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Estate Planning

Lawyers for Wills and Trusts, Reno Nevada

Nevada’s estate planning laws set out the legal requirements for creating a valid Will, trust, identify methods for declaring your wishes regarding life-prolonging medical procedures, and describe the probate process in your state.

NEVADA ESTATE PLANNING SERVICES WE OFFER

  • Financial Power of Attorney
  • Durable Power of Attorney for Health Care
  • Living Wills (Advance Directives)
  • Wills
  • Trusts

WHAT ARE SOME OF THE REASONS YOU NEED ESTATE PLANNING?

Most of us do not understand why we need “Estate Planning”. Often, people believe they do not have enough assets to make it worth their time and hard earned money. This is a mistake. First, it may cost less than you think to prepare the necessary documents. If you have children or other important people in your life, planning your estate now could save your loved ones heartache and stress in a time of grief.

There are many reasons to create or review and update your Will and other estate planning documents. If you have had additions to your family, this is a good time to think about changing your estate planning documents. Additionally, if your children are now over the age of 18, it is a good time to think about updating.

In fact, many people own or will own a home/condo, cars and have at least some money put away in savings and retirement accounts. How do you want these assets to pass to your loved ones? Are you interested in minimizing fees and the impact of taxes? If your estate goes through the typical probate process, it takes time and can be costly to see the estate through the Court system. However, there are ways to avoid this that can save your family time and money. Contact us and we can help you with your Estate Planning needs.

Wills Versus Trusts

A Will is a legal document that describes how your assets should be distributed in the event of death. In order to distribute your assets, you must participate in the legal process called probate. Upon your death, your loved ones must go to Court and ensure your Will enters the probate process. At this point, the Court Will scrutinize your assets to ensure it complies with Nevada’s statutes. An interested person, usually the person designated in the Will to act as Executor, files a Petition for Probate of the Will. If the decedent died without a Will (“Intestate”), an interested person, usually an heir of the estate, files a Petition for Intestate Administration.

In most cases, it is easier to go through Probate if you have a proper Will. The Court takes your wishes into consideration if you have a Will. Wills can guide the Court regarding your wishes regarding arrangements for your children’s financial support and/or direct the appointment of a specific guardian. Also, depending on how your property is characterized or titled, relatives that you did not intend to take a share of your estate could require property to be sold or otherwise take a share that you intended to leave to someone else – such as a spouse. Therefore, it is recommended that you have a Will in place.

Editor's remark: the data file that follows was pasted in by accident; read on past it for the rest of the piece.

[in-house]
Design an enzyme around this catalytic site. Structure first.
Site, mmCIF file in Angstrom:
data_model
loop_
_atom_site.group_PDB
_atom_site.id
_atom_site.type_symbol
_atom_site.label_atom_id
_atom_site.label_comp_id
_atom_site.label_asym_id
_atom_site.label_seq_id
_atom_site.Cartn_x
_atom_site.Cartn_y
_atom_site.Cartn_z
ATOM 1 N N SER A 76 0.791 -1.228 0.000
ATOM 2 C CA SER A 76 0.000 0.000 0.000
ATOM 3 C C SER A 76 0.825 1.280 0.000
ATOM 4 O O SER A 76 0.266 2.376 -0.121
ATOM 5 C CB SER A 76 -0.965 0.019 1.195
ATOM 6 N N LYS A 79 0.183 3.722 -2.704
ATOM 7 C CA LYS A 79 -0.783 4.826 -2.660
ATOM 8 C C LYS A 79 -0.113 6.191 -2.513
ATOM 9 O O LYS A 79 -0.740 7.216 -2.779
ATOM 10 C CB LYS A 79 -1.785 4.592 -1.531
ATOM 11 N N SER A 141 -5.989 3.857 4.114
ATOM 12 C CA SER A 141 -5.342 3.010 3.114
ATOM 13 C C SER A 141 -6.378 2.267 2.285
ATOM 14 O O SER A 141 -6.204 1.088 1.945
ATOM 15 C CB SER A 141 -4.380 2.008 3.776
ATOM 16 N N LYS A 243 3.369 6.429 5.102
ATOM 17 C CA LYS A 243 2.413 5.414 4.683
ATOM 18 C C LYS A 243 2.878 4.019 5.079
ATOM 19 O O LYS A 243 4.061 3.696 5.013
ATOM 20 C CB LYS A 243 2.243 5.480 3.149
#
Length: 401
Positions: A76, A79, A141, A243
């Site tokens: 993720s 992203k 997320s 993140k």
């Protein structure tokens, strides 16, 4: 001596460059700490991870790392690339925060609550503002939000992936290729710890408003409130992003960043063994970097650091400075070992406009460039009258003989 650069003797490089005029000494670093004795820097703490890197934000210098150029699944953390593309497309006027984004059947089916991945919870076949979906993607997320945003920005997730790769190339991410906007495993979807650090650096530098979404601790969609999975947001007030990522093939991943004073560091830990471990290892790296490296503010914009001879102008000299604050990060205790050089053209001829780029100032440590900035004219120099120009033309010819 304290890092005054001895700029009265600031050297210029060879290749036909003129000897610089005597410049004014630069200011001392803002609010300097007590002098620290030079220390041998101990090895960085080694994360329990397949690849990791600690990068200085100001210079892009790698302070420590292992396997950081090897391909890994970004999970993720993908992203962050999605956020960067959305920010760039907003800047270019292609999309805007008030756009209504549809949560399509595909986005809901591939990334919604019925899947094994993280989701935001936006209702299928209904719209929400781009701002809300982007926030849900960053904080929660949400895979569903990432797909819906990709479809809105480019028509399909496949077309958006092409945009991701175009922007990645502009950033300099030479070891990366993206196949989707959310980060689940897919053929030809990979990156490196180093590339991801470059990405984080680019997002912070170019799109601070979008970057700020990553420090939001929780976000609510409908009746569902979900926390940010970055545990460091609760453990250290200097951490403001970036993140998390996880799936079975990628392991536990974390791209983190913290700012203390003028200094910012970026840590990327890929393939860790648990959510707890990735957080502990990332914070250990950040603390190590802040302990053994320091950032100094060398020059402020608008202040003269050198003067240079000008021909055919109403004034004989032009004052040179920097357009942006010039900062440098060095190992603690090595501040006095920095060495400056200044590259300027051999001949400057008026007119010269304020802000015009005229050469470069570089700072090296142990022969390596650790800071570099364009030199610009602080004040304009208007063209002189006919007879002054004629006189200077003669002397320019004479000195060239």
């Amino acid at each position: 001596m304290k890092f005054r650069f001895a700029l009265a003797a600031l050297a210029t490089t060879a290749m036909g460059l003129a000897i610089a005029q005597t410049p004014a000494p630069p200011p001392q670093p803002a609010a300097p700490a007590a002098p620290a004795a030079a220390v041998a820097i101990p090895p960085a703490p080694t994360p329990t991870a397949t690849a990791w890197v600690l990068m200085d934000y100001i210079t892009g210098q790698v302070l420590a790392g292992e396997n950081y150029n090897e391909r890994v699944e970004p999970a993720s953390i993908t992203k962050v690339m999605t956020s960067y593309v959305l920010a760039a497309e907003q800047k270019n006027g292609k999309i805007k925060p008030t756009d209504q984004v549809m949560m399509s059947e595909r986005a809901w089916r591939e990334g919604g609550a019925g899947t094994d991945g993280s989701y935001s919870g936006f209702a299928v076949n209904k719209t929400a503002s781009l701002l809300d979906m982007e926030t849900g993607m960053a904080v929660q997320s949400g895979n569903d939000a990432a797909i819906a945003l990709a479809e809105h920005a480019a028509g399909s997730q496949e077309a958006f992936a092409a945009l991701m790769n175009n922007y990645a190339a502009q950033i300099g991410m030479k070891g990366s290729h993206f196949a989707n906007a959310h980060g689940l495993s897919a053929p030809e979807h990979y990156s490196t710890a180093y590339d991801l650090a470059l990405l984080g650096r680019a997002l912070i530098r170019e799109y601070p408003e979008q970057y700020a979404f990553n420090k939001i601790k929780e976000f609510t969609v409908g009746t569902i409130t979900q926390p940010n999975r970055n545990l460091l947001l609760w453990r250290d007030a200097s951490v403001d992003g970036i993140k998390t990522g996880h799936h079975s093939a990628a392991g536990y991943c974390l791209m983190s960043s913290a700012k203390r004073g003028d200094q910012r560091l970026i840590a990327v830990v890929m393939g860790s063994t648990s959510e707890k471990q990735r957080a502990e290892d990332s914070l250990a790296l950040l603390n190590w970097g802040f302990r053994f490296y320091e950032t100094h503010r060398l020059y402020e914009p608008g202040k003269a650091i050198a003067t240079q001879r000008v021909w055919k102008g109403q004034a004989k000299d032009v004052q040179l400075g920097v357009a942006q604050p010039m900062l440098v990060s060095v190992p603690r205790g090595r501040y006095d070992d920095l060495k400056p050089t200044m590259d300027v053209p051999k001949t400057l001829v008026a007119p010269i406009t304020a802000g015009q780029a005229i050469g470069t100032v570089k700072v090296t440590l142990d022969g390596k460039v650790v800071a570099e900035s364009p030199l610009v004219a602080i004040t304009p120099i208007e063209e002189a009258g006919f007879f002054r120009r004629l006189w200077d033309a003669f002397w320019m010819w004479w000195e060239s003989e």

However, having a Will alone may not satisfy all of your wishes. Going through probate, even with a Will, can be difficult, slow, and costly, not to mention it can take an emotional toll during a family’s time of grief. A Living Trust avoids probate because your property is owned by the trust, thus, there is nothing for the probate courts to administer. Whomever you name as your “successor trustee” gains control of your assets and distributes them exactly according to your instructions.

Another very important factor is that a Will does not take effect until your death, and is therefore no help to you during lifetime planning. A Living Trust can offer some protection over your estate while you are alive, and may afford you some protection should you become mentally disabled.

Additionally, you do not have to relinquish control over your assets if you create a Living Trust. You can be your own trustee, or, for married couples, you can become co-trustees. In the event of a mentally disabling condition, the successor trustee of your choice assumes control over your affairs as opposed to a Court appointee.

OTHER IMPORTANT DOCUMENTS:

Durable Power of Attorney for Health Care

There are specific Nevada statutes in place for execution of a Durable Power of Attorney for Health Care. We can help you appoint an attorney-in-fact that Will have the power to make health care decisions for you, i.e. to provide consent, refusal of consent, or withdrawal of consent to any care, treatment, service, or procedure to maintain, diagnose, or a treat physical or mental condition. You may also create limitations and exclusions for specifically designated treatments.

Living Wills (Advance Directives):

Nevada has adopted the Uniform Act on Rights of the Terminally Ill. A “Living Will”, also known as an Advance Directive, gives someone you trust the power to request, withhold or withdraw life-sustaining treatment.

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